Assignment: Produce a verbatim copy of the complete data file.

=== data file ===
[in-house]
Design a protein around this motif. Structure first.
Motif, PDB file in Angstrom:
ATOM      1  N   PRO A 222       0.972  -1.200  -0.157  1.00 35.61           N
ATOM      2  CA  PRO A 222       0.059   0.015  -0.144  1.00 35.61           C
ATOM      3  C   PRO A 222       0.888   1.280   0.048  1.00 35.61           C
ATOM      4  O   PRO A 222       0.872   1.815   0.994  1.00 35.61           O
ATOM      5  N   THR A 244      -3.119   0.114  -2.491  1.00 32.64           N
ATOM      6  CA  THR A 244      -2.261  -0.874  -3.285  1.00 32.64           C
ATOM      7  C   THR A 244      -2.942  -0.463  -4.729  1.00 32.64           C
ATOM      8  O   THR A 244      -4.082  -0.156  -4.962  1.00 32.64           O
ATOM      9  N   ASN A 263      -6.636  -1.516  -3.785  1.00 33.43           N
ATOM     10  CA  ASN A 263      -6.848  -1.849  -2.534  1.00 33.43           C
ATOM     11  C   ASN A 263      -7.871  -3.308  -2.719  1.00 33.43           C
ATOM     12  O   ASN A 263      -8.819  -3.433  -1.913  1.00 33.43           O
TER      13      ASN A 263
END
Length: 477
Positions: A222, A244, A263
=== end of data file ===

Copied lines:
[in-house]
Design a protein around this motif. Structure first.
Motif, PDB file in Angstrom:
ATOM      1  N   PRO A 222       0.972  -1.200  -0.157  1.00 35.61           N
ATOM      2  CA  PRO A 222       0.059   0.015  -0.144  1.00 35.61           C
ATOM      3  C   PRO A 222       0.888   1.280   0.048  1.00 35.61           C
ATOM      4  O   PRO A 222       0.872   1.815   0.994  1.00 35.61           O
ATOM      5  N   THR A 244      -3.119   0.114  -2.491  1.00 32.64           N
ATOM      6  CA  THR A 244      -2.261  -0.874  -3.285  1.00 32.64           C
ATOM      7  C   THR A 244      -2.942  -0.463  -4.729  1.00 32.64           C
ATOM      8  O   THR A 244      -4.082  -0.156  -4.962  1.00 32.64           O
ATOM      9  N   ASN A 263      -6.636  -1.516  -3.785  1.00 33.43           N
ATOM     10  CA  ASN A 263      -6.848  -1.849  -2.534  1.00 33.43           C
ATOM     11  C   ASN A 263      -7.871  -3.308  -2.719  1.00 33.43           C
ATOM     12  O   ASN A 263      -8.819  -3.433  -1.913  1.00 33.43           O
TER      13      ASN A 263
END
Length: 477
Positions: A222, A244, A263